You should only present the logo options you would be proud to use yourself. A project you like is great for your portfolio. A project you don’t like will only haunt you.

NOTE: There is no image for this section. I do my best to delete the option that I don’t like and erase it from my memory. Why would I hang onto my worst work? A question for another post, perhaps.

5) Try to leave colour out of it.

comparison between colour and black and white logos
Osprey Handy Workz logo options in colour and black and white
comparison between colour and black and white logos
Osprey Handy Workz logo options in colour and black and white
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Logo options should be in black and white in the concept phase unless expressly requested otherwise. A good logo should stand out without including pops of colour. By removing colour, you force your client to assess the options based on form and function alone. Colours can be polarizing, and everyone has their preferences. I’ve seen some great designs overlooked because the client didn’t like the colour.

If you are going to have colour in the early stages, try to show what the logo would look like in black and white as well. There will almost always be a time when a single colour black or white logo can be used.

6) Don’t turn your logo options into a pick-your-combo lunch special.

This tip is difficult to get some clients to comprehend. When we are given too many options and don’t see something we like, we often try to create a new option. There is a desire to take different elements from various options and mash them together. The conversation then becomes similar to a combo lunch special where you choose a drink, a main, and a side dish–the possibilities are endless. The result is the soul-crushing Franken-logo that often leaves someone displeased with the outcome. Especially if you devote your time to creating the logo abomination only to get the same unsatisfied response from the client and you start the process over again.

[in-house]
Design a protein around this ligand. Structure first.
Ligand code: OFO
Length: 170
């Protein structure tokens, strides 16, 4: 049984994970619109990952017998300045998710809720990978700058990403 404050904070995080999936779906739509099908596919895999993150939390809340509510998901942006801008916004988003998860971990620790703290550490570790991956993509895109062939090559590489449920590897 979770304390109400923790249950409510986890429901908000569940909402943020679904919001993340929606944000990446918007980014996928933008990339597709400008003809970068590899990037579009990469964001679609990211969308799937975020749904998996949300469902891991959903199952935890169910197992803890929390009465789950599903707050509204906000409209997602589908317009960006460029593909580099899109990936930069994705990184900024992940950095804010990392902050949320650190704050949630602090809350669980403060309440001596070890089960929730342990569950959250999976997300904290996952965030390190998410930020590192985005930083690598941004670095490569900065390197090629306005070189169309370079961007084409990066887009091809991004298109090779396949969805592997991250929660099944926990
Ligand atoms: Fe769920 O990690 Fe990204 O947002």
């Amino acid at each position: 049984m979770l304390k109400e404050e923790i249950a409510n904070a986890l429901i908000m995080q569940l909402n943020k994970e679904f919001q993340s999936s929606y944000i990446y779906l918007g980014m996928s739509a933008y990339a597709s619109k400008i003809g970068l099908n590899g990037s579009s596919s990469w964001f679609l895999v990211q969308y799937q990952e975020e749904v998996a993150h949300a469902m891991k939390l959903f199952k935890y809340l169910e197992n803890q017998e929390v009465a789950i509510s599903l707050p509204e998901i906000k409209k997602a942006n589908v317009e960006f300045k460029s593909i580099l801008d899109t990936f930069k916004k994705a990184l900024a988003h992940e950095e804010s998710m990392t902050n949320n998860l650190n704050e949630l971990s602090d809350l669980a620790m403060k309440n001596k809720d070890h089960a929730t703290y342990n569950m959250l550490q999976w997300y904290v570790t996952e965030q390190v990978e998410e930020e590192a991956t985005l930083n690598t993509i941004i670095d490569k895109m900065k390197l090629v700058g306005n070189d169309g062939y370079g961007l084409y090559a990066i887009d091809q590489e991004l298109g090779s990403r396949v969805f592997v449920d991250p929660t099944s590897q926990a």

To avoid this, you need to be confident in what you present. Make sure each option is on a separate page with rank indicators in order according to your favourites. It’s like being the chef who says “no substitutions” and has a day’s recommendation or special. Try to add a tab at the top of the page that indicates your first choice and provide a rationale.

TOP CHOICE logo option page.
SECOND CHOICE logo option page.

When this approach doesn’t work, I still try to keep the Franken-logo away from the villagers. I ask what the client likes and dislikes about each logo option and promise to create a new option that considers those thoughts.

7) Write a concise rationale.

Not everyone thinks or creates in the same way. If they did, the world would be boring. However, it is for this reason that you might want to consider your professional design choices. Evaluate whether they are based on fact rather than your personal preference. A client has the luxury of choosing based on preference, and that is a fact. The designer needs to create based on a combination of facts and preferences to develop the best-rationalized outcome.